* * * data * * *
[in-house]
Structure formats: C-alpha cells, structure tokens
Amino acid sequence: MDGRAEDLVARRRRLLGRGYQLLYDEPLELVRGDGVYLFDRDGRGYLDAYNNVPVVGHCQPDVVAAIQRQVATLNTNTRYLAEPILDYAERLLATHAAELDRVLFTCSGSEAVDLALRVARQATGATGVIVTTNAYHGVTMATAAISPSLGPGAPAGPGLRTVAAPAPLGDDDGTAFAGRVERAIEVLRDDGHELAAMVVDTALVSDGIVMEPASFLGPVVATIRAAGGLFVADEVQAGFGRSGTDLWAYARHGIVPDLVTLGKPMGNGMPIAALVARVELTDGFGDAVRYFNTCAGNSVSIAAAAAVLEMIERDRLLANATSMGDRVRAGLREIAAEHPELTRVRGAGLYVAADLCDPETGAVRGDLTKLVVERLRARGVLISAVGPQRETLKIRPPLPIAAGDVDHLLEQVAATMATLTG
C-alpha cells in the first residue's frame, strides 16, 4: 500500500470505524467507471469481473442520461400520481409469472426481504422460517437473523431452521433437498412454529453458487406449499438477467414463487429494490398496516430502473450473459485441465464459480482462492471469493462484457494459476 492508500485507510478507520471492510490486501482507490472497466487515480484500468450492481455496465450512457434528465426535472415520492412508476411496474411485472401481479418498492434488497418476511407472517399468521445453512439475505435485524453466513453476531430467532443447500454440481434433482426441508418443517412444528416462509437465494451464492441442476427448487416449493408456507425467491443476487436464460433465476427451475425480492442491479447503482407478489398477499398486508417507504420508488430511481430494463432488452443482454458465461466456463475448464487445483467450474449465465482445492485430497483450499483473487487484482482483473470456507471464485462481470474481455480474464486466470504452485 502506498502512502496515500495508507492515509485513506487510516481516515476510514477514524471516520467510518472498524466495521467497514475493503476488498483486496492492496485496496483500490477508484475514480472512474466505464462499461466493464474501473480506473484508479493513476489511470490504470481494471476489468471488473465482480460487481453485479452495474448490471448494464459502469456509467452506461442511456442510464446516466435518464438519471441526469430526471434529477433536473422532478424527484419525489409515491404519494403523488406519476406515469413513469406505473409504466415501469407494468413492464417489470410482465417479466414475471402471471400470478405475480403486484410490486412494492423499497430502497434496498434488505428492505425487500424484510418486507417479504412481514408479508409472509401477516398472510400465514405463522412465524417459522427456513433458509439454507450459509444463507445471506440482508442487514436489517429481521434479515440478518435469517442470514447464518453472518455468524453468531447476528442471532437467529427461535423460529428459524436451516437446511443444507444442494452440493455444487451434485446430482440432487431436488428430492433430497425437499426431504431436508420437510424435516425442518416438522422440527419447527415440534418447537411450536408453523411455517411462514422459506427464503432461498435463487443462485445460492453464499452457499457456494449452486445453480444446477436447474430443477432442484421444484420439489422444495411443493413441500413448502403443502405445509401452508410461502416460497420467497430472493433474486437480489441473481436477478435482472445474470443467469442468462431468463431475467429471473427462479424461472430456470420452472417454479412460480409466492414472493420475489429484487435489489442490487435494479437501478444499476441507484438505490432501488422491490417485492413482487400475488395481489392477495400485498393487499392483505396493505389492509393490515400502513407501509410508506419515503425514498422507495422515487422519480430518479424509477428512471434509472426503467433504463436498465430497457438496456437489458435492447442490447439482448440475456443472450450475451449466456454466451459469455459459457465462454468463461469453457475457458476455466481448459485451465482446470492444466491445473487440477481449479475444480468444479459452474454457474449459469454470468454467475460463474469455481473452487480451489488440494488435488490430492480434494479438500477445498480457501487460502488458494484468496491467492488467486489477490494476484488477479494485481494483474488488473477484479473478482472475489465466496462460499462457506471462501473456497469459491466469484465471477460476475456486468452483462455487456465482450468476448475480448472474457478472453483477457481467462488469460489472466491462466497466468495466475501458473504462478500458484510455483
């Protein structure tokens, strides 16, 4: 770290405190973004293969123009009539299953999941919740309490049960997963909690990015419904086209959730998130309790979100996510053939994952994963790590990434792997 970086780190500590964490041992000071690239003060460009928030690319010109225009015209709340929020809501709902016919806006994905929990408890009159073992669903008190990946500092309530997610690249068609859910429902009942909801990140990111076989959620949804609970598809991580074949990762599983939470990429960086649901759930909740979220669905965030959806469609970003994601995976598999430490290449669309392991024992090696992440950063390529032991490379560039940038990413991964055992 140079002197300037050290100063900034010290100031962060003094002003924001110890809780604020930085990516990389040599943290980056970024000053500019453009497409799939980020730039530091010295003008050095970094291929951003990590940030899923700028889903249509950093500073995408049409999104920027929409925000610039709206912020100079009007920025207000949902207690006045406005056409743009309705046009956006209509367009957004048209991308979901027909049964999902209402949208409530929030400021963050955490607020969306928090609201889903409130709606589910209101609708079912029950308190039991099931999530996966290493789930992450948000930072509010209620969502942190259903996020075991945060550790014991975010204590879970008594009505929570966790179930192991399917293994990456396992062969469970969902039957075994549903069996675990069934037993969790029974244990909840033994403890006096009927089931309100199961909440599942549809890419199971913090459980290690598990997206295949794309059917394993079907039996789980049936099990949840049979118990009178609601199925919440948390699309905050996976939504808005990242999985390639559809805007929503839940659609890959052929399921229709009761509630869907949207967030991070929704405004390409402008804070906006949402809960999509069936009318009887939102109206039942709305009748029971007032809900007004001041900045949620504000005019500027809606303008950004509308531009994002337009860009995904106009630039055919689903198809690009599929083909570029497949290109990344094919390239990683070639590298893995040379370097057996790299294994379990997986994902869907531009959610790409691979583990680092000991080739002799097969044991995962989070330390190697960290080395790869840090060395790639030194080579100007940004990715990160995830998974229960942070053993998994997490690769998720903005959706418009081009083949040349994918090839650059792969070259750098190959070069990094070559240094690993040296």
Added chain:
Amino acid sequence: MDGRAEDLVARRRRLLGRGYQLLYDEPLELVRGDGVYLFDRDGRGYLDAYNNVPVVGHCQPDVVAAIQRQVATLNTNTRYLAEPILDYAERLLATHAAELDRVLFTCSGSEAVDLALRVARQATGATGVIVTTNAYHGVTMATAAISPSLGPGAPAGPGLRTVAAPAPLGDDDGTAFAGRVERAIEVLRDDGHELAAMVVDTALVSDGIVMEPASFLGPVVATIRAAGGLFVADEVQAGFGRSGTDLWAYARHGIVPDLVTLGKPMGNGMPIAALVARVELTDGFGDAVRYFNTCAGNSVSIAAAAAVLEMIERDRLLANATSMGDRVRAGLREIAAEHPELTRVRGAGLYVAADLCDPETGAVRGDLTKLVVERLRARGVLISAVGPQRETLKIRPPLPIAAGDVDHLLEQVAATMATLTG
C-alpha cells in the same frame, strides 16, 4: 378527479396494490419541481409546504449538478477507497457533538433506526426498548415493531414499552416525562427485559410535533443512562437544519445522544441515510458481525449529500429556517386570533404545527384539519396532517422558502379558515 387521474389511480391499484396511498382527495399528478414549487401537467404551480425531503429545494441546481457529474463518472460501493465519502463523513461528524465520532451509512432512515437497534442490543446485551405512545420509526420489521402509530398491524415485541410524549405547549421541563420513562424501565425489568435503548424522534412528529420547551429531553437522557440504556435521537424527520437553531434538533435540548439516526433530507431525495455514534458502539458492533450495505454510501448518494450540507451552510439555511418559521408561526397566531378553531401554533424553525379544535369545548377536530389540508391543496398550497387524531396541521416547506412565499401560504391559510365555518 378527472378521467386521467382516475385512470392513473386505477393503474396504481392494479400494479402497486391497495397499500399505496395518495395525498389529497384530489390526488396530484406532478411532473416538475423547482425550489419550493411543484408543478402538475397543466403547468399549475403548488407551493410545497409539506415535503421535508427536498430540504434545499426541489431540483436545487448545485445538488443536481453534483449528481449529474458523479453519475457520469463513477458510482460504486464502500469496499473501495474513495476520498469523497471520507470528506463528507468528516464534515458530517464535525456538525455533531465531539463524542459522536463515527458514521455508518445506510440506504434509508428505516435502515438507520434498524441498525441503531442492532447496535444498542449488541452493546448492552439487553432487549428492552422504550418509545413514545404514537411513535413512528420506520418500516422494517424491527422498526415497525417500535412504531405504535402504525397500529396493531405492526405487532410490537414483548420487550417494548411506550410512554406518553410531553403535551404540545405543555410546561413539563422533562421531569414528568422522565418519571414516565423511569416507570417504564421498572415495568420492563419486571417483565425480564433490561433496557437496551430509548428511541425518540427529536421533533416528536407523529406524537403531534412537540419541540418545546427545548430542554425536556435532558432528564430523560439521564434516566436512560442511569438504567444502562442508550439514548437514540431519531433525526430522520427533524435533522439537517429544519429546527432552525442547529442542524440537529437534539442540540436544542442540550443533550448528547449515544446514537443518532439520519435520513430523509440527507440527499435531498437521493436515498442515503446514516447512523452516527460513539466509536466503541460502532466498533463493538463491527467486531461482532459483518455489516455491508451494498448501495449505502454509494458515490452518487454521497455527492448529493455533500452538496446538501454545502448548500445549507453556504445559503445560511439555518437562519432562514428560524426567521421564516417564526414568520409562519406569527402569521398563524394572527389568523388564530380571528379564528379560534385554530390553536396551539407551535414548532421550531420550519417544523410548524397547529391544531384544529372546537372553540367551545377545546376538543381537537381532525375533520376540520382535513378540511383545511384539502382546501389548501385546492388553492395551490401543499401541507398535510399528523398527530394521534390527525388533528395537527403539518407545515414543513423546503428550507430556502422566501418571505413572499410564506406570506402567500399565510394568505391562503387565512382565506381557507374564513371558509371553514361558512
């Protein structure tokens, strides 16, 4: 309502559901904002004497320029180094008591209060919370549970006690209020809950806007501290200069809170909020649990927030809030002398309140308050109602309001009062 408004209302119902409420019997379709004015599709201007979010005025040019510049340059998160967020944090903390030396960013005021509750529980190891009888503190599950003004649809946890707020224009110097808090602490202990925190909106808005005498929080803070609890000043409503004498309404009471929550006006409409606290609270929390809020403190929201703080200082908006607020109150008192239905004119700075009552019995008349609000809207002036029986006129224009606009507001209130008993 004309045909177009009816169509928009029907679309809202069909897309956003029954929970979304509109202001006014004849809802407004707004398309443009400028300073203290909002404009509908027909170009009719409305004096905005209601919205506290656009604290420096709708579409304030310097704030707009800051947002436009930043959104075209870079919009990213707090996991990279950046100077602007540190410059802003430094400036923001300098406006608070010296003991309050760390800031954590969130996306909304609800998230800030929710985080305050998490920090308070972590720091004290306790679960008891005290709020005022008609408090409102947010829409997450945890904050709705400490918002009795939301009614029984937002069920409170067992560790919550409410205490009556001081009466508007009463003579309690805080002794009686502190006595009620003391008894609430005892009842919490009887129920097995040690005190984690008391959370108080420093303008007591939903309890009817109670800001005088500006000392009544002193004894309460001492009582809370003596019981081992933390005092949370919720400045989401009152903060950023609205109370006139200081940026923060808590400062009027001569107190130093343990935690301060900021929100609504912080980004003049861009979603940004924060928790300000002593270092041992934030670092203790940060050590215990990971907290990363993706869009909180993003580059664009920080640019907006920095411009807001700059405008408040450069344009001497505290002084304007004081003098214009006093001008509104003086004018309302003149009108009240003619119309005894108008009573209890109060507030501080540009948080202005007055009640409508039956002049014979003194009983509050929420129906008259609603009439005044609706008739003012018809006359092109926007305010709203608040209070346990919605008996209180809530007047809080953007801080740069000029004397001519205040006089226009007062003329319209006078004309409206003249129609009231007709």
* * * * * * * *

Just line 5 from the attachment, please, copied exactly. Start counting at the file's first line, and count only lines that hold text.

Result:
């Protein structure tokens, strides 16, 4: 770290405190973004293969123009009539299953999941919740309490049960997963909690990015419904086209959730998130309790979100996510053939994952994963790590990434792997 970086780190500590964490041992000071690239003060460009928030690319010109225009015209709340929020809501709902016919806006994905929990408890009159073992669903008190990946500092309530997610690249068609859910429902009942909801990140990111076989959620949804609970598809991580074949990762599983939470990429960086649901759930909740979220669905965030959806469609970003994601995976598999430490290449669309392991024992090696992440950063390529032991490379560039940038990413991964055992 140079002197300037050290100063900034010290100031962060003094002003924001110890809780604020930085990516990389040599943290980056970024000053500019453009497409799939980020730039530091010295003008050095970094291929951003990590940030899923700028889903249509950093500073995408049409999104920027929409925000610039709206912020100079009007920025207000949902207690006045406005056409743009309705046009956006209509367009957004048209991308979901027909049964999902209402949208409530929030400021963050955490607020969306928090609201889903409130709606589910209101609708079912029950308190039991099931999530996966290493789930992450948000930072509010209620969502942190259903996020075991945060550790014991975010204590879970008594009505929570966790179930192991399917293994990456396992062969469970969902039957075994549903069996675990069934037993969790029974244990909840033994403890006096009927089931309100199961909440599942549809890419199971913090459980290690598990997206295949794309059917394993079907039996789980049936099990949840049979118990009178609601199925919440948390699309905050996976939504808005990242999985390639559809805007929503839940659609890959052929399921229709009761509630869907949207967030991070929704405004390409402008804070906006949402809960999509069936009318009887939102109206039942709305009748029971007032809900007004001041900045949620504000005019500027809606303008950004509308531009994002337009860009995904106009630039055919689903198809690009599929083909570029497949290109990344094919390239990683070639590298893995040379370097057996790299294994379990997986994902869907531009959610790409691979583990680092000991080739002799097969044991995962989070330390190697960290080395790869840090060395790639030194080579100007940004990715990160995830998974229960942070053993998994997490690769998720903005959706418009081009083949040349994918090839650059792969070259750098190959070069990094070559240094690993040296």